US Marathoner Aliphine Tuliamuk Fought for Right to Bring Her Breastfeeding Baby to Tokyo Olympics – and She Did It

Sportswoman Aliphine Tuliamuk cried when she found out that she couldn't bring her beloved baby with her to the Tokyo Olympics. She managed to transform those tears into power.

United States marathoner Aliphine Tuliamuk pushed to bring her 5-month-old breastfeeding daughter Zoe to the upcoming Tokyo Olympics. As in her sporting endeavors, she triumphed.

Tuliamuk was put in a challenging position when she found out that family members couldn't accompany athletes to the sporting event due to COVID-19 restrictions. This also applied to her baby girl. 

U.S. marathoner Aliphine Tuliamuk and her fiancé Tim Gannon spending time with their 5-month-old daughter Zoe.  | Source: instagram.com/aliphine

U.S. marathoner Aliphine Tuliamuk and her fiancé Tim Gannon spending time with their 5-month-old daughter Zoe. | Source: instagram.com/aliphine

Beyond sending a letter to the International Olympic Committee, the sportswoman took to Instagram, where she raised her voice in front of the online world. The post partially read:

"I had been putting off thinking about Zoe not coming to Tokyo with me for a while now, but I had to start.... and I have cried a lot since." 

Tuliamuk stated that Zoe is still breastfeeding. However, she accepted that leaving her alone for ten days wouldn't harm her baby, although she expressed that it would completely break her heart.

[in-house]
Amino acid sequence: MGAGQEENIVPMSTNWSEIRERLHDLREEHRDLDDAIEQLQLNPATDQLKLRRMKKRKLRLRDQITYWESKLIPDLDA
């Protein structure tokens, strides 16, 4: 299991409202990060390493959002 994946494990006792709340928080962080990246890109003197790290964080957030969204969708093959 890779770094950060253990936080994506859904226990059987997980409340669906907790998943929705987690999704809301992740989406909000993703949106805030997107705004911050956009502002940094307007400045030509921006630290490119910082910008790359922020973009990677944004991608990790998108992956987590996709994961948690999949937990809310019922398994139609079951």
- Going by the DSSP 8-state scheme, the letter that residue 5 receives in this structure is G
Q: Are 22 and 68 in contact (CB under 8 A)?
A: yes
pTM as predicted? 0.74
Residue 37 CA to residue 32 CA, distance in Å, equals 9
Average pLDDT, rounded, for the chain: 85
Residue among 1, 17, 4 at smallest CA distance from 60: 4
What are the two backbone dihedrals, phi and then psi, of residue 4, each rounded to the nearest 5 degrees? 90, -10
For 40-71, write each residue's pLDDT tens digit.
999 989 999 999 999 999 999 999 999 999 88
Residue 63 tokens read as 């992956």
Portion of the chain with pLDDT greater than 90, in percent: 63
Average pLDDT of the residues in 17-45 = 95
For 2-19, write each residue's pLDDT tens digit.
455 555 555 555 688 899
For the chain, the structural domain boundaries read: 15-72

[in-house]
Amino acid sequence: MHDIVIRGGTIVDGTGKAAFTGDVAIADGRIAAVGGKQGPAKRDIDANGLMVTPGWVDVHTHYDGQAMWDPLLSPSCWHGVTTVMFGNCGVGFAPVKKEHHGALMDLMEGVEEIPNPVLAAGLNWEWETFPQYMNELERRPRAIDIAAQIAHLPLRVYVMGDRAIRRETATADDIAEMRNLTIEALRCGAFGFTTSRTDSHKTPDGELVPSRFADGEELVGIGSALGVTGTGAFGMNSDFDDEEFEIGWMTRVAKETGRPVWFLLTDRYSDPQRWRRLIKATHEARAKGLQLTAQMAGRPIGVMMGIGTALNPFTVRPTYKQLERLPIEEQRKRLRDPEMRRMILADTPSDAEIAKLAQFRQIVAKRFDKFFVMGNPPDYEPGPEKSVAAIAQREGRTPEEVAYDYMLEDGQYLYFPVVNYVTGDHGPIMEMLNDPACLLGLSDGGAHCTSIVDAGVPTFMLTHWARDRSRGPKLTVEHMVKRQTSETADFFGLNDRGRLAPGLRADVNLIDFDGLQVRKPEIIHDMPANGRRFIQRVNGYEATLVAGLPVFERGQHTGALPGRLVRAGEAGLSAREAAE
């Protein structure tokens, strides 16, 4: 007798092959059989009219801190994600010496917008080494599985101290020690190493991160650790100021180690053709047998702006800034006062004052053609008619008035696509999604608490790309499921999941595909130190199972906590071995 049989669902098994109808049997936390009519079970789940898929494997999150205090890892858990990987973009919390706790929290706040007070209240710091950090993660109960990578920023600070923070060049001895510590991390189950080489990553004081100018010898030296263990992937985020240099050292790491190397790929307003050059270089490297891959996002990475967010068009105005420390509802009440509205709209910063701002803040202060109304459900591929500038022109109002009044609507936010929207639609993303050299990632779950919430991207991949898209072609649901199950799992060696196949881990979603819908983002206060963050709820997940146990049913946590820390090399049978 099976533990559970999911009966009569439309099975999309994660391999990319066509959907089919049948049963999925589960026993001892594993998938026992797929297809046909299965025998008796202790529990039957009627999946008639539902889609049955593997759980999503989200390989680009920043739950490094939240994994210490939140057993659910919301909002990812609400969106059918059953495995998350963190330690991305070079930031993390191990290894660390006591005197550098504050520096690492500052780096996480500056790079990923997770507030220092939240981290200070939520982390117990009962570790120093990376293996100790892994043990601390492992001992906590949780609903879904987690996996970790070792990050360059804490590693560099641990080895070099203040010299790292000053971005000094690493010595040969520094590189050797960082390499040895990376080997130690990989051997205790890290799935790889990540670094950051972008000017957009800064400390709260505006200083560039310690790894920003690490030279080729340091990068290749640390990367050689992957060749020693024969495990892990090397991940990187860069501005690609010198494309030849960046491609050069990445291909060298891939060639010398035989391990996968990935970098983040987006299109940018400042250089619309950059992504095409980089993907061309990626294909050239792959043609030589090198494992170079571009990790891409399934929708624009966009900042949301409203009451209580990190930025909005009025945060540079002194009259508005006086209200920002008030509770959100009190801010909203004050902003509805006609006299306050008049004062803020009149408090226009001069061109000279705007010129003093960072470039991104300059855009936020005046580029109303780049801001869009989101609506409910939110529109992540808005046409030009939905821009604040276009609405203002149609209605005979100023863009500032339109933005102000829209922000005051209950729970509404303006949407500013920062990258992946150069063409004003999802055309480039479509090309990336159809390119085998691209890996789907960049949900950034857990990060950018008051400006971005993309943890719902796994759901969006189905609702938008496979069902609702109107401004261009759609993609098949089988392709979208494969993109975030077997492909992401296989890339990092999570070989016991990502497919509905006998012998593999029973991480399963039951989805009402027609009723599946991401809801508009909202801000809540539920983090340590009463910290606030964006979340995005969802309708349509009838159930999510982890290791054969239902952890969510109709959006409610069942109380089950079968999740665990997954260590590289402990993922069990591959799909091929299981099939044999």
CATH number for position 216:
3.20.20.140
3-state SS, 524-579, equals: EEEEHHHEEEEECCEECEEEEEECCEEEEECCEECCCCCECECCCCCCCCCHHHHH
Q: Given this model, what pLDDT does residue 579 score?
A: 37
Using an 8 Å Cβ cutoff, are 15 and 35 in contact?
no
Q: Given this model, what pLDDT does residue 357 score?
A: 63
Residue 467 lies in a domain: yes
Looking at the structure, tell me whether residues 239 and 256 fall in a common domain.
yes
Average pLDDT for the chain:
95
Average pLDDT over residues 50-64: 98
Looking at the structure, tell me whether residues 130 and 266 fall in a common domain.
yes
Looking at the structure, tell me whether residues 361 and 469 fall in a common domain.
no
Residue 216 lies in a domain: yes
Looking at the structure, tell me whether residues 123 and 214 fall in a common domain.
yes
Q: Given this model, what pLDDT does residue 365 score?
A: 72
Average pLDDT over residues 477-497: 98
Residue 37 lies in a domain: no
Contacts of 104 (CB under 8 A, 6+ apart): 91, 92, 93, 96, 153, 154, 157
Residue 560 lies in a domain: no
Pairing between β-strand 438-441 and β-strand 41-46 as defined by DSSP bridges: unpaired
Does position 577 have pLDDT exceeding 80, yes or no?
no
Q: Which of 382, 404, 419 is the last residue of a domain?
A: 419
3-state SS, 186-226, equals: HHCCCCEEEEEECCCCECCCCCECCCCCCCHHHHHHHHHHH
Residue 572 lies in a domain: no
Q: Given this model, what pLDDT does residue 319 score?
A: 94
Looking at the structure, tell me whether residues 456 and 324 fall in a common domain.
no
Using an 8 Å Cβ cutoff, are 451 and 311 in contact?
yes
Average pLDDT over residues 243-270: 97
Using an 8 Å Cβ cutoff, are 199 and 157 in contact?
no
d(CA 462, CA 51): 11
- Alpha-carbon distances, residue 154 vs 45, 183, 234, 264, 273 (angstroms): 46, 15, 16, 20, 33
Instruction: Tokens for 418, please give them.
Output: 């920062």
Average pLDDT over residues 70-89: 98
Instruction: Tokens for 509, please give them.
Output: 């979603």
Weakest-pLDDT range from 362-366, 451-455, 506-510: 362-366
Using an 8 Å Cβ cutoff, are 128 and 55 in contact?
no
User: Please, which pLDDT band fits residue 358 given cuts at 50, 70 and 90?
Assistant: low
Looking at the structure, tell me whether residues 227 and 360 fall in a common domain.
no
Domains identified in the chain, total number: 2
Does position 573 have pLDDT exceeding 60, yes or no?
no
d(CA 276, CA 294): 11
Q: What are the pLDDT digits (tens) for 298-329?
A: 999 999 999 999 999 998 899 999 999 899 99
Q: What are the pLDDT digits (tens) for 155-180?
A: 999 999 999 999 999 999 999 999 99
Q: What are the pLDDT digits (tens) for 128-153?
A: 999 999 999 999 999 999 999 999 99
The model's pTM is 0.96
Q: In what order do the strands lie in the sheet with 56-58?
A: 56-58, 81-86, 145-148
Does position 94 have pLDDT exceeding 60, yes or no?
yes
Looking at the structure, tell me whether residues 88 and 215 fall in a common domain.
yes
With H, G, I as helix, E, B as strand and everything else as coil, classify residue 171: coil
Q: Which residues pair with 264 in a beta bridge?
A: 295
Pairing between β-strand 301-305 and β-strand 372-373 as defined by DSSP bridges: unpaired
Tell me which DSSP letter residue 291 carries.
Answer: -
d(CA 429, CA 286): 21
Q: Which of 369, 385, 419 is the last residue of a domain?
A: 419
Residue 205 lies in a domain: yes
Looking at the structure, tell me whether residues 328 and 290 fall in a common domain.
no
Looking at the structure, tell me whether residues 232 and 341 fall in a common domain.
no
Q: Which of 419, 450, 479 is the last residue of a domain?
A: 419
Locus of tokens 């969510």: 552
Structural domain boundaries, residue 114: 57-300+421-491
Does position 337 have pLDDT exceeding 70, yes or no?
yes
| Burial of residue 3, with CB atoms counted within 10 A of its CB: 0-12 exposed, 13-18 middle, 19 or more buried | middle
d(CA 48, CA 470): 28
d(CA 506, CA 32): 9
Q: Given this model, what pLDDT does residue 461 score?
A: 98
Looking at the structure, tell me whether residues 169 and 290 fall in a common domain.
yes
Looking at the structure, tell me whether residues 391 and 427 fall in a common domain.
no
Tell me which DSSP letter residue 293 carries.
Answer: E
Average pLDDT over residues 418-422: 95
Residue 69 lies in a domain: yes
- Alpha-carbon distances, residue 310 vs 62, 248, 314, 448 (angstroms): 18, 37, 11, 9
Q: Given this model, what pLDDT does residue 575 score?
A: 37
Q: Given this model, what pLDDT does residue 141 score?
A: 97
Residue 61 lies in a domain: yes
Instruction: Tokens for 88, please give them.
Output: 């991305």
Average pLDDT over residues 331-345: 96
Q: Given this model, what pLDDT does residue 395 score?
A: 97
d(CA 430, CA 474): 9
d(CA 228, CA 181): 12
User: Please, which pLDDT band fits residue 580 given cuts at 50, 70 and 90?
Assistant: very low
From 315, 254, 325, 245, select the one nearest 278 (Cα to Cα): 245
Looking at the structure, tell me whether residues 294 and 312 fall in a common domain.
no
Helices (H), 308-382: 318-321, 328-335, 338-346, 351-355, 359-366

The Tokyo 2020 Organizing Committee eventually reevaluated these rules. They then released a statement stating that breastfeeding children would be permitted to join the athletes if necessary.  

...[Bindi Irwin] expressed that for her,... [breastfeeding] was a beautiful... experience.

Pandemic restrictions have also brought joy into the sportswoman's life. She and her fiancé Tim Gannon used the extra time from the 2020 Olympic's postponement to bring Zoe into the world.

Just like Tuliamuk, women in sports have a habit of inspiring through their dedication to balancing their lives as mothers and athletes. University of Arizona coach Adia Barnes is just one such example. 

The NCAA coach was said to have pumped breastmilk for her 6-month-old daughter during the game's halftime. This was at an NCAA women's basketball championship game in April this year.

Sportscaster Holly Rowe, who reported on the apparent occurrence, praised the coach for maintaining success in both her career and motherhood. Speaking about being a working mother, Barnes herself expressed

"I represent moms, you can be a coach, you can do it at an elite level."

A plethora of individuals took to social media, with many of them praising coach Barnes. Reporter Kyle Tucker expressed via Twitter that the coach is strong in every way imaginable. 

Just as with Rowe, Bindi Irwin has chosen not to hide away when it comes to breastfeeding. The conservationist opened up about her nursing experience with her baby daughter, Grace.

This first-time mother and daughter of Steve Irwin expressed that for her, it was a beautiful bonding experience. With the assistance of powerful women, breastfeeding is becoming less of a taboo topic.  

ⓘ We at AmoMama do our best to give you the most updated news regarding the COVID-19 pandemic, but the situation is constantly changing. We encourage readers to refer to the online updates from CDС, WHO, or Local Health Departments to stay updated. Take care!

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